Interpretive Summary: Weak genotype x environment interaction suggests that measuring scrotal circumference at 12 and 18 mo of age is helpful to select precocious Brahman cattle
By: Bárbara M Nascimento, Roberto Carvalheiro, Rodrigo de A Teixeira, Laila T Dias, Marina R S Fortes
Beef production systems rely on efficient cow-calf operations, that is, farms where the cow herd has a high level of fertility and pregnancies are common. Bull fertility also plays an important role in terms of pregnancy rates. To increase herd fertility, cattle breeders and genetic selection programs use some indicator traits that are related to fertility. A common indicator trait used is scrotal circumference (SC), which like most reproduction traits are influenced by the animal’s genetics and its environment. For some traits, when the environment has a large effect and it interacts with the genetics of the animals, selection might be less successful. Therefore, it is important to investigate genotype by environment interactions and their effect on reproduction traits used for selection. In this study, SC was measured at four different ages in Brahman cattle. We found weak evidence of genotype by environment effect on SC measured at 12 and 18 mo. In short, SC measured at these ages can be a good indicator of sexual precocity. No changes in sire rankings were observed when SC was measured at those ages, meaning that selecting the best sire is more straightforward than if the environment was playing a bigger role.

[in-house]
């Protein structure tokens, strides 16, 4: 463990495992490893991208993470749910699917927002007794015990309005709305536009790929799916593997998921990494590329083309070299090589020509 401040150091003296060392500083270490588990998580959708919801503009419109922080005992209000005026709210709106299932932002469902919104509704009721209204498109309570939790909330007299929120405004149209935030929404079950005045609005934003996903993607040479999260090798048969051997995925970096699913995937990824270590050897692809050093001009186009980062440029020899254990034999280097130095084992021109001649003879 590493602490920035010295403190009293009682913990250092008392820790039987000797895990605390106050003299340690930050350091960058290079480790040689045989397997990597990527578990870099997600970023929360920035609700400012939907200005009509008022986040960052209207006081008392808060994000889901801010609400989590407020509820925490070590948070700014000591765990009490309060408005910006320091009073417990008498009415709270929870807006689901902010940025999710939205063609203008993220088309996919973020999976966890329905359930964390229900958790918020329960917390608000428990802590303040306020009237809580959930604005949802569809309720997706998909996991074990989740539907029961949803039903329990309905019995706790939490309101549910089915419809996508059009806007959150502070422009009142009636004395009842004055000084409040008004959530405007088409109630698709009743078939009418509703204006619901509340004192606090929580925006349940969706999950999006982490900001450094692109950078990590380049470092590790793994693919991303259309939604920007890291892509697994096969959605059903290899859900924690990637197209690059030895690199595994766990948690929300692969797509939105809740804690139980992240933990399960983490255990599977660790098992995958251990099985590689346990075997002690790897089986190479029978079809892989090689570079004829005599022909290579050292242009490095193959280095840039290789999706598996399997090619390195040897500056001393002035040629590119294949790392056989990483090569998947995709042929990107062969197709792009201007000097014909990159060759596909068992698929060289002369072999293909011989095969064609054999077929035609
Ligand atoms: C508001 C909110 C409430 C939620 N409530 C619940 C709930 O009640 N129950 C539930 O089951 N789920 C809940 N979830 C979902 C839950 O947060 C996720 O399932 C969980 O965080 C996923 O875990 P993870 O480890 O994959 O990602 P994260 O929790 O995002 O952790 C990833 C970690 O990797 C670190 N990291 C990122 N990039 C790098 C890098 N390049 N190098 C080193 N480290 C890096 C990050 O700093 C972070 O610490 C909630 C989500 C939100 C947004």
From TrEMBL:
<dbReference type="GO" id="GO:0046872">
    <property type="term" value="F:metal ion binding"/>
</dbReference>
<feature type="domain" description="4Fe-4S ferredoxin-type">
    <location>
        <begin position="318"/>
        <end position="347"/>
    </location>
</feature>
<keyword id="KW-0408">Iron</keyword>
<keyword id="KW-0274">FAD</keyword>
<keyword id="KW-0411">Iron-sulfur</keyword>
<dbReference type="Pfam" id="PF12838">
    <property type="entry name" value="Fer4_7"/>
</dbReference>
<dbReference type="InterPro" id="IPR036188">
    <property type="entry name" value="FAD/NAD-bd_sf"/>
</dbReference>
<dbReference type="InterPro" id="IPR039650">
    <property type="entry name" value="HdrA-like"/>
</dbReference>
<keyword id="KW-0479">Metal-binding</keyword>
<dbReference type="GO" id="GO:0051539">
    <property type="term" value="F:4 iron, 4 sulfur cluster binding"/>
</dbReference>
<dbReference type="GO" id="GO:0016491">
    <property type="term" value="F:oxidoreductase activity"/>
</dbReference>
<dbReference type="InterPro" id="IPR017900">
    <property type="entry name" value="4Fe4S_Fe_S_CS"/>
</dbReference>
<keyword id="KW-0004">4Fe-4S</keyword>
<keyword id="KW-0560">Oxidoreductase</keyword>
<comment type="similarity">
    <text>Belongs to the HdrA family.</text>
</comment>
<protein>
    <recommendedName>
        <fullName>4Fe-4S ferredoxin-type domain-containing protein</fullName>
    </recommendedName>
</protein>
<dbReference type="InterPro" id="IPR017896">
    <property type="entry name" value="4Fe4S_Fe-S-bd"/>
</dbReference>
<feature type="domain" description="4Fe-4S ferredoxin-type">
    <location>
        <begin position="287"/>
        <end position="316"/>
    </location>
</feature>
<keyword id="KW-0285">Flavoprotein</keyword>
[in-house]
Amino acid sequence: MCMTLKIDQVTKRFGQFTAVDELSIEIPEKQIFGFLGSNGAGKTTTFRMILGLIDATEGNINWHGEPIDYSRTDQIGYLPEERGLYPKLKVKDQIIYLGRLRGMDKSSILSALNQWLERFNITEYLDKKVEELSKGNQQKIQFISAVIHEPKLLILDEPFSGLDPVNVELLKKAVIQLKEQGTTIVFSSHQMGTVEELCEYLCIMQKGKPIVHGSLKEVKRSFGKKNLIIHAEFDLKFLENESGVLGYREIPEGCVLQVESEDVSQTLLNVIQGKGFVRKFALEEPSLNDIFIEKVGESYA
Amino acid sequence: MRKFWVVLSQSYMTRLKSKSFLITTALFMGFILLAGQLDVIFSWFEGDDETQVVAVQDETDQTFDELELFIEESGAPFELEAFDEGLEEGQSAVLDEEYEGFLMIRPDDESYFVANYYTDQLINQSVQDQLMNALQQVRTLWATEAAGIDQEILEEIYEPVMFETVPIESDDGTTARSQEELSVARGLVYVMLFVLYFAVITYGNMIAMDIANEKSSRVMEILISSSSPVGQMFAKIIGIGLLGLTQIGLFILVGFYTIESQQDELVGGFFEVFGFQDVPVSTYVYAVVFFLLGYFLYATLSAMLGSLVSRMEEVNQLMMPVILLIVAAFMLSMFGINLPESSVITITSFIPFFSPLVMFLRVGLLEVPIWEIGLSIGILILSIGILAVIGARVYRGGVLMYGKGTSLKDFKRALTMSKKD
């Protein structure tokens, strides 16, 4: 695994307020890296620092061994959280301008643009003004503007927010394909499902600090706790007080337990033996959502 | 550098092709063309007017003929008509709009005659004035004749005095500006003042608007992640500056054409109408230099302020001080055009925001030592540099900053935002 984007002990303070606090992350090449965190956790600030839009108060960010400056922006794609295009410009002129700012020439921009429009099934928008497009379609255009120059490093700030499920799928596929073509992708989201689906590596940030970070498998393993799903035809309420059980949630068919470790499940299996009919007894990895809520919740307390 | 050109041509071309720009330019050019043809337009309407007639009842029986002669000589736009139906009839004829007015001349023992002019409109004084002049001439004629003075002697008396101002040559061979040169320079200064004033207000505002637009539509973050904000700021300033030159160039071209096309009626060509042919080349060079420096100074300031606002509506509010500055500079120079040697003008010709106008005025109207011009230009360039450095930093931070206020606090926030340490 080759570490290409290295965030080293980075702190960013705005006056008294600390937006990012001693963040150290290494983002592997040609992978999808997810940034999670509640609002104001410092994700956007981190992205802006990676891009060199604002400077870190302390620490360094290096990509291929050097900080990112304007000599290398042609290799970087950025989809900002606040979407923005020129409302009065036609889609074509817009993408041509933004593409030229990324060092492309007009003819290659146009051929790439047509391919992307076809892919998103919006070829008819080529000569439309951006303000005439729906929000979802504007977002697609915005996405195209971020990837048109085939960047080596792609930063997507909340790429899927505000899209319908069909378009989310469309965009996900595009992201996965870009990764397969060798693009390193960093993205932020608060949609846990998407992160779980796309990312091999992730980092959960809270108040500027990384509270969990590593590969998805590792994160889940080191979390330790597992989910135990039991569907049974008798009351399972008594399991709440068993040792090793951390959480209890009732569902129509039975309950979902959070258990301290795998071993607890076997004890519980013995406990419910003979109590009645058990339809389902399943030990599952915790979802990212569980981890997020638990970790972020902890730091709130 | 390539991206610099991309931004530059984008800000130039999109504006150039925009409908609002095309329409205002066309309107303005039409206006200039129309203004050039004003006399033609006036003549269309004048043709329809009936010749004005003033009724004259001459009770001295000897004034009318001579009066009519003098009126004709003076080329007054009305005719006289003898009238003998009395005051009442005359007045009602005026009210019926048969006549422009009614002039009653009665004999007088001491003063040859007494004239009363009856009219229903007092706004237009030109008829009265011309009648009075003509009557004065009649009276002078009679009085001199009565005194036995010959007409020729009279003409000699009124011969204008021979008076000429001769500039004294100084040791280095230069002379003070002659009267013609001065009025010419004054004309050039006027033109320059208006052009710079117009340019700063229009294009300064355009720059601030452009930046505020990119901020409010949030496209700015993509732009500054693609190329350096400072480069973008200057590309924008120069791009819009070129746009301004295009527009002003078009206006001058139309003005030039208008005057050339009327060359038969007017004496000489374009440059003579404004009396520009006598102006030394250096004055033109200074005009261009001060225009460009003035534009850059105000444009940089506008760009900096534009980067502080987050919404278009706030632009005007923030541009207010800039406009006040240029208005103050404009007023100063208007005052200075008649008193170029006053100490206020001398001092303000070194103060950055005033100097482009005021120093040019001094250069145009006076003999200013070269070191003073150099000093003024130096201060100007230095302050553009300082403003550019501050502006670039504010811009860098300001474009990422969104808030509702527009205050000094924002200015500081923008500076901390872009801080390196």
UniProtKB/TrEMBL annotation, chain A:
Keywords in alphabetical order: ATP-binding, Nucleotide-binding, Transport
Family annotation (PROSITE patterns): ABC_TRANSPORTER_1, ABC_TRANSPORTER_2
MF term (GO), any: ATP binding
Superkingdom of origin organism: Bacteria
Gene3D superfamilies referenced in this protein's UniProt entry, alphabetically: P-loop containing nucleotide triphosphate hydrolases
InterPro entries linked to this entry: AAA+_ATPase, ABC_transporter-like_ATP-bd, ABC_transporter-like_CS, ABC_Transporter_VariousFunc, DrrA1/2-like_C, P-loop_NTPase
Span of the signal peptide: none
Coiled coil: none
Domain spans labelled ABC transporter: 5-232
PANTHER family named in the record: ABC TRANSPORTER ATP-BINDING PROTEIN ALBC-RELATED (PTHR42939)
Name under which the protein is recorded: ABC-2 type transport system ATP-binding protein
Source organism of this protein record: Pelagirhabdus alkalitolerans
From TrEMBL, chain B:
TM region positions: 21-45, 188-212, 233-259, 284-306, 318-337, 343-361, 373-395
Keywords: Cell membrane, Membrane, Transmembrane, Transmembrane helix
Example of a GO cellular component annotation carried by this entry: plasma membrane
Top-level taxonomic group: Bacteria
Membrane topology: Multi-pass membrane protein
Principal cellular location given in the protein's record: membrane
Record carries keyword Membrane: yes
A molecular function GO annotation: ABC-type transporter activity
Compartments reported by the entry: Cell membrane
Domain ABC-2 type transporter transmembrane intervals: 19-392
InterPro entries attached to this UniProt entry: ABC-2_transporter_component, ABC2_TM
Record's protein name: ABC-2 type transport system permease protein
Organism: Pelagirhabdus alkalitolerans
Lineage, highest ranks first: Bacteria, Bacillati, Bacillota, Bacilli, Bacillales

Read the full article in the Journal of Animal Science.